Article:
While parsimonious Sunak has pinched the pennies, the lockdown sceptic movement (whose leading lights he once invited to Downing Street) has continued to misrepresent and fabricate the data at every turn. Boosted by an online army of armchair virologists and epidemiologists – and occasionally by pseudo-experts wielding impressive sounding but worthless ancillary credentials – in their twisting of the facts to downplay the death toll, the rabble of remaining lockdown sceptics increasingly resemble the obscure bloggers who lurk in dark corners of the internet denying war crimes.

A bit like Sunak himself, lockdown contrarianism – which has been significantly more influential than either its record ought to warrant – has substantial financial clout behind it. The Great Barrington Declaration, an initiative that in October demanded an end to lockdowns, featured such illustrious signatories as ‘Dr Johnny Bananas’ and ‘Dr Person Fakename’. It was pushed by a PR agency that received funding from the wealthy Charles Koch Foundation.

Lockdown scepticism has very often been driven by affluent celebrities. Washed-up actors and faded pop stars have flouted public restrictions while cosplaying as courageous political dissidents. Gurning for maskless selfies in public spaces, they have sought to portray themselves as contemporary versions of Vaclav Havel or Oliver Tambo.

Ironically for a movement suffused with paranoid ramblings about the influence of Marxism and postmodernism, the lockdown sceptics of the right have at times resembled both the postmodernists and the communist fellow travellers of the twentieth century. On everything from lockdowns, masks, and even vaccines, they have demanded that their ‘alternative’ facts be indulged uncritically. Moreover, they have scoured the world for utopia like the useful idiots of the past. Early on during the pandemic there was feverish talk of the ‘Sweden model’. Soon after, when the Swedish Government reversed course ignominiously amid a catastrophic death toll (more than six times that of neighbouring countries), South Dakota emerged as ‘the Sweden of the USA’. However that didn’t end well either: a month later the midwestern state was dealing with one of the biggest COVID-19 outbreaks in all of America.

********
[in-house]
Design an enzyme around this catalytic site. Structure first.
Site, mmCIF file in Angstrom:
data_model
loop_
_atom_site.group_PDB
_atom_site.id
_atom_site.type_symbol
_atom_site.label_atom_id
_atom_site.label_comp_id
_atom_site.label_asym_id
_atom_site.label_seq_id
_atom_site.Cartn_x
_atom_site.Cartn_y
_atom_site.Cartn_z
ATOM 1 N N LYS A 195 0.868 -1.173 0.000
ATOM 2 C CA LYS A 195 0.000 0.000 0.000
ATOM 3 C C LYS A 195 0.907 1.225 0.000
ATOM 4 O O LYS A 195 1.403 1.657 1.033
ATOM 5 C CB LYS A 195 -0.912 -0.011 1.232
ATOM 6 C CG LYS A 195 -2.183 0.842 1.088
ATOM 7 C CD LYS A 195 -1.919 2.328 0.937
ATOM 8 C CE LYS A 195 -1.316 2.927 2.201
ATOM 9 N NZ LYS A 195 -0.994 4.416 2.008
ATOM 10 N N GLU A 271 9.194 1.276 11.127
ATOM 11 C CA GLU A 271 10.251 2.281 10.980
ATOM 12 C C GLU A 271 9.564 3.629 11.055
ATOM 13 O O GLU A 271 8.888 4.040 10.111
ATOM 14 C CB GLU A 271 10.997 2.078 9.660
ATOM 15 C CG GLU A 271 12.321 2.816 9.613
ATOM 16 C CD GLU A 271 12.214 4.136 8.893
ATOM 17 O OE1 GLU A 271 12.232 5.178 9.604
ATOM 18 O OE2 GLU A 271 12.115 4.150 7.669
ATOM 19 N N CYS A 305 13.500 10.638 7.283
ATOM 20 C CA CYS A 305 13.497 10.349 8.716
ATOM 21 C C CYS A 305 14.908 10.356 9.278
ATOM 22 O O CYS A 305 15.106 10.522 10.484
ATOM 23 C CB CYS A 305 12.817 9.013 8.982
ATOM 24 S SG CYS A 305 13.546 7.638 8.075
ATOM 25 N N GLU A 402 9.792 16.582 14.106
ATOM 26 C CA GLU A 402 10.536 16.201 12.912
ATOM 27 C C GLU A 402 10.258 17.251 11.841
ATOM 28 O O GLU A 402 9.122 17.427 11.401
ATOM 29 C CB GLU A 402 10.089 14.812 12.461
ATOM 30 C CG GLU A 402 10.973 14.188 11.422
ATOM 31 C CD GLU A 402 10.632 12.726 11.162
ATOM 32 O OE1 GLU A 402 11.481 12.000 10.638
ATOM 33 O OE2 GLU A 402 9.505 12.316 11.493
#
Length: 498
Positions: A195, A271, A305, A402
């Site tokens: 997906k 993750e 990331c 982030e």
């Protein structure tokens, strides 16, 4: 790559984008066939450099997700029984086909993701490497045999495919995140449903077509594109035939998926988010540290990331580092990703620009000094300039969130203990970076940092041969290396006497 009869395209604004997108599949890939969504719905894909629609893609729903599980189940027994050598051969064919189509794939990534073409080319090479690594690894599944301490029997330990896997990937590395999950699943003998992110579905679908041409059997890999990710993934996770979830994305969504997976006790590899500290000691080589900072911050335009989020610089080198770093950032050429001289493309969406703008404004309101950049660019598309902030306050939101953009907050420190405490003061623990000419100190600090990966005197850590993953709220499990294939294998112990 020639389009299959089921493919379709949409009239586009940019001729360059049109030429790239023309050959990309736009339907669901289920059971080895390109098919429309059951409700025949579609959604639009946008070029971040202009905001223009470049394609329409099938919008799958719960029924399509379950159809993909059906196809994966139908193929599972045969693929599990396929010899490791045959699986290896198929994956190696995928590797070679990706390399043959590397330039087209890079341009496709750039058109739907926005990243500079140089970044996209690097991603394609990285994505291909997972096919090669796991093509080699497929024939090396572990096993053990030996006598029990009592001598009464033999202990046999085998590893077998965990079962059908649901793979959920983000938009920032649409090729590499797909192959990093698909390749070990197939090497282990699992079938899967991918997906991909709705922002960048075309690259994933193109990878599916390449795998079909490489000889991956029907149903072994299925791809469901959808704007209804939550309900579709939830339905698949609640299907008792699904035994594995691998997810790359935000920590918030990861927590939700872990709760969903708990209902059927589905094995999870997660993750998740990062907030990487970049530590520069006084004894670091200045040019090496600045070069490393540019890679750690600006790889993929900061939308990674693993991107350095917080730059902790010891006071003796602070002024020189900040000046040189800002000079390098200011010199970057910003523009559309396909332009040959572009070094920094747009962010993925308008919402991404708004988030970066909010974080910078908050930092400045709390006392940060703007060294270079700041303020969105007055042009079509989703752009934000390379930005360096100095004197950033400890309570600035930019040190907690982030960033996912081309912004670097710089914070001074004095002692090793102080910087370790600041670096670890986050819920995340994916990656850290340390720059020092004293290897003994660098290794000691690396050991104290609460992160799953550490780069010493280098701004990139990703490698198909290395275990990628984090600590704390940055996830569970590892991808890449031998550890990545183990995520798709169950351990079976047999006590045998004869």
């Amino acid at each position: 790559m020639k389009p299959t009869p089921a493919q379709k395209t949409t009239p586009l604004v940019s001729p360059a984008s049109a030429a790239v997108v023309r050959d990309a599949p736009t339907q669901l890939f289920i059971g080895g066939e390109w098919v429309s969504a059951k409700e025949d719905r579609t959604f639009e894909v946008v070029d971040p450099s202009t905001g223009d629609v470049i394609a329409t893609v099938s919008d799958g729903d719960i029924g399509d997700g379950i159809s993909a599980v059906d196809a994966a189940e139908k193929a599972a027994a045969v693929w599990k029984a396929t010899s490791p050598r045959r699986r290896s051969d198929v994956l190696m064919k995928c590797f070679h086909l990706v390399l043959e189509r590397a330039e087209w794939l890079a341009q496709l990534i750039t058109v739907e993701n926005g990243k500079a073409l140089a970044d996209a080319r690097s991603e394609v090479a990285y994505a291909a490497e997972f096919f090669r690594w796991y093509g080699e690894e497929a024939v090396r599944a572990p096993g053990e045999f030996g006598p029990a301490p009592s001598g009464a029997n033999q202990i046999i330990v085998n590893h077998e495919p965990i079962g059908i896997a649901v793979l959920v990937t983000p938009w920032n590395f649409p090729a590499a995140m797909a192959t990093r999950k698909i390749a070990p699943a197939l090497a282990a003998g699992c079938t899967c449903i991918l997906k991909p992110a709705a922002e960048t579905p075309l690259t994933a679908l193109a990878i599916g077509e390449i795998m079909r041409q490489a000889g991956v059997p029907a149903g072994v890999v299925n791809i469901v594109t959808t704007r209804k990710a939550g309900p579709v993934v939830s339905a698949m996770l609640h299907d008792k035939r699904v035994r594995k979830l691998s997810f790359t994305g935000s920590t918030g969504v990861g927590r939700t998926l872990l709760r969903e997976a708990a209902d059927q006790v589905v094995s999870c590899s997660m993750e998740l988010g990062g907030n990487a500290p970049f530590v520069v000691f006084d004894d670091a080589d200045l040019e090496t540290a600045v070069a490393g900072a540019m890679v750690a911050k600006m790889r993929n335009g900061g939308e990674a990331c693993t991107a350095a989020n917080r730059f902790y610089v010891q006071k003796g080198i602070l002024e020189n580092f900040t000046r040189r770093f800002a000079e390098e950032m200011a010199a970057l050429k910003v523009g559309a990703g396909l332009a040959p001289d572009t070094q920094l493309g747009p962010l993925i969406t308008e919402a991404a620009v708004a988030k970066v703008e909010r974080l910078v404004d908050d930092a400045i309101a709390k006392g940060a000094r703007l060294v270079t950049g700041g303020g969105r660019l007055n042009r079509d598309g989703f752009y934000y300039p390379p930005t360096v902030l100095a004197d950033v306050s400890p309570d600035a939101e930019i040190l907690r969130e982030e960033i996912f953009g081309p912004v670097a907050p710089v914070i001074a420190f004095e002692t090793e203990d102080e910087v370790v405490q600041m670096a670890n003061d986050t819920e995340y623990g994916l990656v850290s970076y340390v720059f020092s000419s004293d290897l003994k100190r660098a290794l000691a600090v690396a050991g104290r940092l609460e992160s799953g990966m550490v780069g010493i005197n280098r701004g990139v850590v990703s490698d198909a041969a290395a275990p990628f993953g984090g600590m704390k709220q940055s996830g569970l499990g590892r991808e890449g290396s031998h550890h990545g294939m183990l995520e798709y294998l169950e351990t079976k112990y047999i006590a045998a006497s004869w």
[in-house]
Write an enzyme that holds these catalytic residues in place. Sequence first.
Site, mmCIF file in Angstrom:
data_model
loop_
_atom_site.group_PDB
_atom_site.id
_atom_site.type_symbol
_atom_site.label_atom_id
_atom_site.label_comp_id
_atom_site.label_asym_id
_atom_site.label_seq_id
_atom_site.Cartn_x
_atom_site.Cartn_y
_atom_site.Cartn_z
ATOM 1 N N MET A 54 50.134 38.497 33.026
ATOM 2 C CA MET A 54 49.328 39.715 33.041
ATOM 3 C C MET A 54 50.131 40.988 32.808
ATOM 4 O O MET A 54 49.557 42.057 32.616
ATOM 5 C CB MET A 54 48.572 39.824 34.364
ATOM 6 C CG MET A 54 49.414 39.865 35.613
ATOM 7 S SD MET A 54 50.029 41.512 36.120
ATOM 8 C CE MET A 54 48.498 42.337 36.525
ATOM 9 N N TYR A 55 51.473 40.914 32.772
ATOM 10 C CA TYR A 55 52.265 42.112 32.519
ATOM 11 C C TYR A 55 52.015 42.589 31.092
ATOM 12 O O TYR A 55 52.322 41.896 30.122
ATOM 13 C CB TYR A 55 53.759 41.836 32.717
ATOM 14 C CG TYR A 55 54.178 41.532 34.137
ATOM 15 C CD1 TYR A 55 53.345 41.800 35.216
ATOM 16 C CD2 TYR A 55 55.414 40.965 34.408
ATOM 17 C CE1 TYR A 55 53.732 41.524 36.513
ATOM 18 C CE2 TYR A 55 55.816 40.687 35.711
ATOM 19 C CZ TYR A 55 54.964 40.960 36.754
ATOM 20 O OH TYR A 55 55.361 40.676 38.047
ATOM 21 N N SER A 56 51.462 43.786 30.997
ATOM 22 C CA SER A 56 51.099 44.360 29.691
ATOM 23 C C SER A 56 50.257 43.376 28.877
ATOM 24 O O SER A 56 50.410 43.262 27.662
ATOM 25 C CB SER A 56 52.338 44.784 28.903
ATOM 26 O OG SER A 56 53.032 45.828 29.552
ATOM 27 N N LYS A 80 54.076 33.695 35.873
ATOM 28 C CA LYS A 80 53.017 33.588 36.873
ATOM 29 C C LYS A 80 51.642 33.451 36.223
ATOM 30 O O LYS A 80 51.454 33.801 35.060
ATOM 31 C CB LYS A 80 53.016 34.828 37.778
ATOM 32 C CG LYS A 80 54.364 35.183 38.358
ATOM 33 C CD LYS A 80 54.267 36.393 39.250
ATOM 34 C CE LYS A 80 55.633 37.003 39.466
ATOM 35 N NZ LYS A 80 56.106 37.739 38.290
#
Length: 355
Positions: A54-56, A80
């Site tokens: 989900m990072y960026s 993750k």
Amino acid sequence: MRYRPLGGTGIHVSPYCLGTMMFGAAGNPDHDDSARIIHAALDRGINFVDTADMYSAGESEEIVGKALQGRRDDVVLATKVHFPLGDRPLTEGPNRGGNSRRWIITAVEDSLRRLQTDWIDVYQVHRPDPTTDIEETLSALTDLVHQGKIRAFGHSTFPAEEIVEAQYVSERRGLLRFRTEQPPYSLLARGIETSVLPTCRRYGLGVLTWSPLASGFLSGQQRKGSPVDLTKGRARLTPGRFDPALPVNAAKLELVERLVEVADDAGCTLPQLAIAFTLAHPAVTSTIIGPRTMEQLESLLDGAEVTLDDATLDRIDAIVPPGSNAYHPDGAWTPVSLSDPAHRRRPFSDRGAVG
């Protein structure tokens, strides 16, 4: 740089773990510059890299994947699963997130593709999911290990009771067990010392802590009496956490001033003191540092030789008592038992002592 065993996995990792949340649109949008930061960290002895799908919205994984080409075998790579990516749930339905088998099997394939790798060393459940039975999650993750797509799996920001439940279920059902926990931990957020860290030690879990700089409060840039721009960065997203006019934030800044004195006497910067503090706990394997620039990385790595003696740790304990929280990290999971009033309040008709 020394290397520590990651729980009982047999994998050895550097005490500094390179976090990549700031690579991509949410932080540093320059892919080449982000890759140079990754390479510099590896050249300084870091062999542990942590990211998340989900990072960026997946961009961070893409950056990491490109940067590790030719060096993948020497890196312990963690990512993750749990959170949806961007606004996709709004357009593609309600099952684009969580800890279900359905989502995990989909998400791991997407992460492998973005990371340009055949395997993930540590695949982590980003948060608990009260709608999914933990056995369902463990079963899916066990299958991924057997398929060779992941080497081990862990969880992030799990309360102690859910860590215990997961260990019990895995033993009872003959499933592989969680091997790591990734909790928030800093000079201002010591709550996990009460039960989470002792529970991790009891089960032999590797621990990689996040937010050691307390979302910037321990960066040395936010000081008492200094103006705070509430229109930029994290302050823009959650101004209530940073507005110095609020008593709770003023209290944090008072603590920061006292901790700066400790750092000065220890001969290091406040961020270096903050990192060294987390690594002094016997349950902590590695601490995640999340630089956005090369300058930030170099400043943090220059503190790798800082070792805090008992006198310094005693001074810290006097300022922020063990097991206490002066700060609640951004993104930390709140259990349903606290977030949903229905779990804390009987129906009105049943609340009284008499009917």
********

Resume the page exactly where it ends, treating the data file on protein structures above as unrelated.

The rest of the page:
When the pandemic worsened last December, there were lockdown-sceptic rabble rousers who scuttled off to holiday homes in the Caribbean – while nonetheless calling for restrictions to be loosened at home. As NHS hospitals bulged with patients and staff began to show the symptoms of PTSD, private members clubs sought to exploit loopholes to get around lockdown restrictions. Celebrities often ignored them altogether.

In stark contrast, ordinary people – frequently denounced over the years by populists for lacking the ‘stiff upper lip’ and ‘Blitz Spirit’ of past generations - have (some panicked toilet paper buying notwithstanding) embodied precisely the resilient, stoic, egalitarian spirit memorably alluded to by George Orwell during the Second World War. Indeed, the public has overwhelmingly rejected lockdown scepticism, together with more virulent, mutant strains of quackery such as anti-mask or anti-vaxx sentiment.

‘War brings it home to the individual that he is not altogether an individual,’ wrote Orwell as the Luftwaffe’s bombs rained down on London. The pandemic is undoubtedly the biggest crisis Britain has faced since the fight against Nazism. Moreover, Orwell’s point is as applicable to the virus as it was during the war. Stamping out the pandemic is a collective effort. Unfettered individualism has been temporarily choked off; our solipsistic personal narratives of ambition and ascent suspended so that others we will never meet – the old, the vulnerable, and the sick – may carry on living.

This coming together has been intolerable for some, as is clear from the frenzied denunciations of lockdown. It goes against everything that a powerful group in our society has always believed about human nature. But thankfully – and to the chagrin of privileged libertarian lockdown sceptics everywhere – liberty in Britain, to the great majority of people, does not mean the right to breathe deadly respiratory droplets on old ladies.


Editors’ Note: Splutter with outrage and laughter over our print magazines: the perfect lockdown reading material.